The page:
This small panel was first published by Raimond van Marle (1927), as the work of the "School of Gentile da Fabriano," belonging to the collection of Prince Fabrizio Massimo in Rome. The ascription of the painting, if not directly to Lorenzo at least to his circle in the early fifteenth century, is due to Brigitte Klesse (1967), while Miklós Boskovits (1975) regarded it as an autograph work by the painter, and dated it to the years 1375-1380. In an appendix to the Corpus of Florentine Painting, which gathers the attributions of Richard Offner (1981), this Virgin of Humility is listed among Lorenzo's works. On the other hand, an improbable ascription to the circle of Jacobello del Fiore is given in Christie's sale catalogue in Rome, where the painting appeared on 18 June 2002.
A group of small paintings intended for private devotion and representing the Virgin of Humility may be referred to the painter's early career. Resemblances with our painting are to be noted, for example, in the Virgin of Humility in Nashville (Tennessee; George Peabody College), in other versions of the composition in Chicago (The Art Institute), formerly in Milan at Finarte and formerly in Florence in the collection of Luigi Grassi (circa 1962). A further panel of the same subject at one time in the collection of Jean-Alex is François Artaud de Montor in Paris, known from the engraving in the catalogue, was ascribed to Lorenzo di Bicci by Klara Steinweg. An effect of decorative richness is conferred on these paintings by the embroidered cloths covering cushions and floors, or, as in the case of the Virgin formerly in the Grassi collection, filling the entire background. The precision of drawing and the accuracy of the modeling that characterize the series is indicative of the artist's high technical abilities.
One might add that this Virgin of Humility is the only one in the group to show the motif of the interchange of glances between the Mother and the Son, with its distinctive note of emotional intimacy, less evident the other panels in the group. The lively torsion in the pose of the Child is not uncommon in the Florentine workshop tradition, and Lorenzo could have borrowed the motif either from prototypes of Bernardo Daddi (Cambridge, Massachusetts, Fogg Art Museum, no. 1923.35), or from more recent examples by Puccio di Simone, such as the Triptych with the Virgin of Humility of the Trinity Cathedral in Cleveland, Ohio (now in The Cleveland Museum of Art).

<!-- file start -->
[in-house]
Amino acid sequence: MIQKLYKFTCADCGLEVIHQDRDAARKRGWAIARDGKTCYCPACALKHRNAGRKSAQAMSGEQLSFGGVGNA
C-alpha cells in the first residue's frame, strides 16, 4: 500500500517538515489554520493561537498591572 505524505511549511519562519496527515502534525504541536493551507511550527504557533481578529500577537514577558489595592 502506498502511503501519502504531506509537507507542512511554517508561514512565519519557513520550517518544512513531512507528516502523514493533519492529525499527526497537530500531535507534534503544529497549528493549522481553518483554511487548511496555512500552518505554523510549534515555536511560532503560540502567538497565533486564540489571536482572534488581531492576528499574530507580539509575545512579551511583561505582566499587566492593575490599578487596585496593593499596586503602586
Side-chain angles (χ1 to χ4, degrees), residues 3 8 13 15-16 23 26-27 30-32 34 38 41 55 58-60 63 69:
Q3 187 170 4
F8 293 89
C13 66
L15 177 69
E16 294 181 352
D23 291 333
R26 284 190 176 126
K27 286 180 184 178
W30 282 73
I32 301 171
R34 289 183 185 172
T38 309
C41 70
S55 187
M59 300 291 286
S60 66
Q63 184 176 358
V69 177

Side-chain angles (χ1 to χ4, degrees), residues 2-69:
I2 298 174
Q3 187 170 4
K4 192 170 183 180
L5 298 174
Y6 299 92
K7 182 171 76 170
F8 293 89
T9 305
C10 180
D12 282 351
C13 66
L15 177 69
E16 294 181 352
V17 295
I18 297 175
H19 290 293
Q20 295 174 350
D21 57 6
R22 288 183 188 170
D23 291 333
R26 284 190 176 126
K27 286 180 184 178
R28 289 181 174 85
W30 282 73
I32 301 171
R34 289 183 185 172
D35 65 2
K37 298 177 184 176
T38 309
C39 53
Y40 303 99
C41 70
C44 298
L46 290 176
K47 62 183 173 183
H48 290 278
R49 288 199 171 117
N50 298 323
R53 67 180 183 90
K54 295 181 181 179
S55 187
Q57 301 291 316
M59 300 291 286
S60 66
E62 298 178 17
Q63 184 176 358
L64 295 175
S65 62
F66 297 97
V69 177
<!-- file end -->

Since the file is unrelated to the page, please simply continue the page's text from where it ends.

The marked chiaroscuro modeling of the faces of the two personages, with their minutely depicted lineaments, may be a clue to the dating of our panel just prior to 1380: this aspect is less accentuated in the possibly earlier members of the group of devotional paintings mentioned above (e.g, in Nashville and formerly in Milan). The strong emphasis of relief effects connects the here-discussed painting, however, with the Virgin formerly in the Grassi collection and with the one in Chicago, in accordance with the manner that the painter also would adopt, on a larger scale, for the Saint Martin for Orsanmichele. Fondness for a dense and substantial modeling links the art of Lorenzo with that of the Master of the San Niccolò Altarpiece, as appears from his eponymous work, in the church of San Niccolò in Florence presumably painted, too, no later than 1380.The close stylistic relations between these painters, first noted by Federico Zeri, have subsequently been emphasized by Erling S. Skaug, in connection with the use by the two painters of similar punch marks.
Compared with the production of large-size altarpieces - several of which were realized by Lorenzo up until the end of his career, working for patrons in Florence and its environs, adopting formulas strongly linked to the pictorial tradition of the years around and shortly after the mid-fourteenth century – his devotional paintings are generally characterized by tones of more lively expressivity. Lorenzo gathers and develops models preferably chosen from the figurative repertory of the Orcagna workshop, paying particular attention to the production of the young Jacopo di Cione, as is shown by his care for elaborate decorative details.
1 This gesture underlines the intimacy between Mother and Child; see Shorr 1954, pp. 56-57.
2 For a description of the decorative motifs of the cloth on which the Virgin is sitting in this painting, see Klesse 1967, p. 363 (see also note 8 below).
3 For the punch marks used by the artist, especially
towards the end of his career, see Skaug 1994, I, pp. 267-268; II, punch chart 8.
4 The painting's provenance from the collection of Prince Massimo, where it still was in 1932, is also at tested by Klara Steinwegin her typewritten catalogue entry of the paintings attributed to Lorenzo di Bicci in the archive of the Corpus of Florentine Painting.
5 For the Nashville panel, see Shapley 1966, p. 47, fig. 119. For the ones in Chicago and formerly at Finarte in Milan, see Boskovits 1975, fig. 129 and fig. 131. For the two paintings at one time in the Grassi collection and in the Artaud de Montor collection, see Steinweg 1960, p. 41; Offner 1981, fig. 73 and fig. 83.
6 For these works, see Offner 1947, 2nd ed. 2001, pp. 228-230, 521-527.
7 For a reconsideration of the critical history of this triptych, now in the sacristy of the church of San Niccolò, see Damiani 1982, pp. 46-48. & See note 3. Also, see Zeri 1963, p. 246. Similarities between the decorative motifs adopted by the two painters for the cloth were noted by Brigitte Klesse (note 2), who refers in particular to the paintings by the Master of the San Niccolò Altarpiece at Linari (Church of Santo Stefano; Boskovits 1975, fig. 147) and in Pescia (church of SS. Sisto e Niccolò).